Ben Deleon Guerrero Jr.
Dandan, Saipan
The second letter was written by Maegan Agulto.
No coercion

Oh man, was I excited to see that thousands and thousands of people signed the petition in support of the marine monument.

I'm proud to say that I am one of those who signed, knowing that it would be a great opportunity for my daughter when she gets older.

I support the marine monument because I was taught/educated that it would bring great benefits to both our schools and our tourist industry. Most importantly media attention! That gives people from around the world a chance to learn about our ocean's marine life.

I signed the petition that was circulated by my sister, who is a volunteer and a full supporter. She taught our family a lot about the marine monument. I was educated, not forced, and I completely understood what I was signing.

Maegan Agulto
Chalan Kanoa, Saipan

Wednesday, November 12, 2008

Please Support the Monument--Vote in Poll

Please support the proposed Marianas Trench Marine National Monument: vote in the current on-line poll at The Marianas Variety . Just scroll down a bit--it's on the right-hand side.


Thursday, November 6, 2008

Will It Hurt Our Economy?

The LA Times carried a report that First Lady Laura Bush supports the creation of a marine national monument here, but Vice President Dick Cheney opposes it because it "will hurt our economy."

There are some important considerations when assessing the economic impact of creating a marine national monument here.

1. Right now, we have little to no economic activity in the proposed protected area going on. The waters around Uracas, Maug, and Asuncion are not being fished. An earlier report from WESPAC suggested that the area is not a feasible or viable fishery. There is no mining going on in the proposed monument area. So stopping economic activity there now causes no change to what we have at present, and certainly no harm to our economy.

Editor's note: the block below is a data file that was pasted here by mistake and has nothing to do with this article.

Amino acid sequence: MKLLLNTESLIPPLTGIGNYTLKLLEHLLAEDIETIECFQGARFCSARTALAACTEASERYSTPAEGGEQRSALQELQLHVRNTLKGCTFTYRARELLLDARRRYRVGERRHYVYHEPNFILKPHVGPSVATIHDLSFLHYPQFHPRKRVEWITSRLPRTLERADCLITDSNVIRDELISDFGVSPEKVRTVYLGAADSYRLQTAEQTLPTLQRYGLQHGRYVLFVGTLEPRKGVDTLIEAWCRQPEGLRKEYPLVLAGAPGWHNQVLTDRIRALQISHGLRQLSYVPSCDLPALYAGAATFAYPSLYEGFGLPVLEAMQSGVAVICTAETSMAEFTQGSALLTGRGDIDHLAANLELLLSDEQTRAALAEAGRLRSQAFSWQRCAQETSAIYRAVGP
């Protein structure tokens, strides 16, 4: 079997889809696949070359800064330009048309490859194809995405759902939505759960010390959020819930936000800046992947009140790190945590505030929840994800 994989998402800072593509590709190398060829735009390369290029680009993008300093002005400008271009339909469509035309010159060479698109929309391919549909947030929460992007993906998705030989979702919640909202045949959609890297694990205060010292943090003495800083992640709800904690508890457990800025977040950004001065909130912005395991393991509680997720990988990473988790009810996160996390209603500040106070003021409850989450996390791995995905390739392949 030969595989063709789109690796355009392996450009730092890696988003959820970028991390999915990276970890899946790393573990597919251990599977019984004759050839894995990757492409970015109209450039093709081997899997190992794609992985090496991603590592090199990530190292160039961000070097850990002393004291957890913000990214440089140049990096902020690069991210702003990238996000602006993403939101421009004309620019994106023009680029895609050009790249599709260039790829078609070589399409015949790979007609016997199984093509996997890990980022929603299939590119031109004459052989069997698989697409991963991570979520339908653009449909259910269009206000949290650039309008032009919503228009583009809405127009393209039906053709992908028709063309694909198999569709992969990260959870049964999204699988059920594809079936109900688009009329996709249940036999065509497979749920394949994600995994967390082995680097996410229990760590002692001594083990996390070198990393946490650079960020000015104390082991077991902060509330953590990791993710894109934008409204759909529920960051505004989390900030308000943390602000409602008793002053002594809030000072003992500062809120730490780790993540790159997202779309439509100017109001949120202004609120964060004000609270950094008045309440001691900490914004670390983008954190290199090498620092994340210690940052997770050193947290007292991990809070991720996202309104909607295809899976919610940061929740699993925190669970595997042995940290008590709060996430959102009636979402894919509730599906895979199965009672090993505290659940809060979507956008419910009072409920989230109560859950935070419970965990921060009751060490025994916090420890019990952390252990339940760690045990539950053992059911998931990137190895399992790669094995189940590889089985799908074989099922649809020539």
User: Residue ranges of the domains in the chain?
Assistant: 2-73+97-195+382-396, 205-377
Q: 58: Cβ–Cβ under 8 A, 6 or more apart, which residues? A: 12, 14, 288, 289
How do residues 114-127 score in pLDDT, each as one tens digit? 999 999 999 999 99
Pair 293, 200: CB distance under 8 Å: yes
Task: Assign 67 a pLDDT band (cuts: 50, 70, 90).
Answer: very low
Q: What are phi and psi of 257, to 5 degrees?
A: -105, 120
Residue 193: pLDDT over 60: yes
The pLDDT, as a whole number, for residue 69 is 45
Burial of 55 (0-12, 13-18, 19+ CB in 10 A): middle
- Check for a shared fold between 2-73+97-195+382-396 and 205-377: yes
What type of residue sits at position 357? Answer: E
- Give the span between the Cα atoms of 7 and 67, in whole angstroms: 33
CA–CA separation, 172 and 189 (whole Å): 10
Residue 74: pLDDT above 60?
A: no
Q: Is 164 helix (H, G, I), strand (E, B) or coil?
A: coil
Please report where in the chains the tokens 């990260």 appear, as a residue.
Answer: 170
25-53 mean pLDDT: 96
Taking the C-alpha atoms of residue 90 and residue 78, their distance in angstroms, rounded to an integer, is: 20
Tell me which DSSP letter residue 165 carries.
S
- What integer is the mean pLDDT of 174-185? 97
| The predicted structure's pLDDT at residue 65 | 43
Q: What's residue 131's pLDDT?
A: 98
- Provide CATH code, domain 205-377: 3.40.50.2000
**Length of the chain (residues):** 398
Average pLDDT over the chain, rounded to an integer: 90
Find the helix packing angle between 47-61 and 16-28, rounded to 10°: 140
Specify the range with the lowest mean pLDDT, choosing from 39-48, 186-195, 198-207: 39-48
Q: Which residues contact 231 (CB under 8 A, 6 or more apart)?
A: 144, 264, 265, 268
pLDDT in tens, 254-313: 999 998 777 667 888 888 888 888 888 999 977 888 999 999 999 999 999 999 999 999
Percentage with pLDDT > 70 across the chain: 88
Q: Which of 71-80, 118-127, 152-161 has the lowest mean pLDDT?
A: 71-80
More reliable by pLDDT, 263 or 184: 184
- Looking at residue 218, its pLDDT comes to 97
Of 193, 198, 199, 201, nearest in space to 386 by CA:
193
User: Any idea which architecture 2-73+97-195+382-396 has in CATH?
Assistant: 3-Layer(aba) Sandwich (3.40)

2. The future is speculative. For gamblers, the possibility that there may be some potential mining is "economic harm." For conservationists, the possibility of future damage to our marine life and eco-system is not only biological and geological harm, but economic harm. No one can prove the future, but we can look to the past to see what is likely.

* We know that the rest of the world's oceans have been harmed, that marine diversity is dwindling at an alarming rate, that pollution does not stay in one area. There is reason to want to take measures now to conserve what we have.

* We know that any minerals that may be desirable for mining would be at the southern part of the protected area, and not in the same place as some of the deep water, most unusual and unique life; we know that we can have different zones for the protected areas, so that mining could be allowable in some part of the protected area.

* We know that "no take" zones help marine life recover. While the protected area right now does not have the kind of marine life desireable or economically advantageous to fishermen, as the rest of the world's oceans are fished out, the last and least likely places will be tapped for whatever can be taken from them. If we don't protect some area, we'll have nothing left.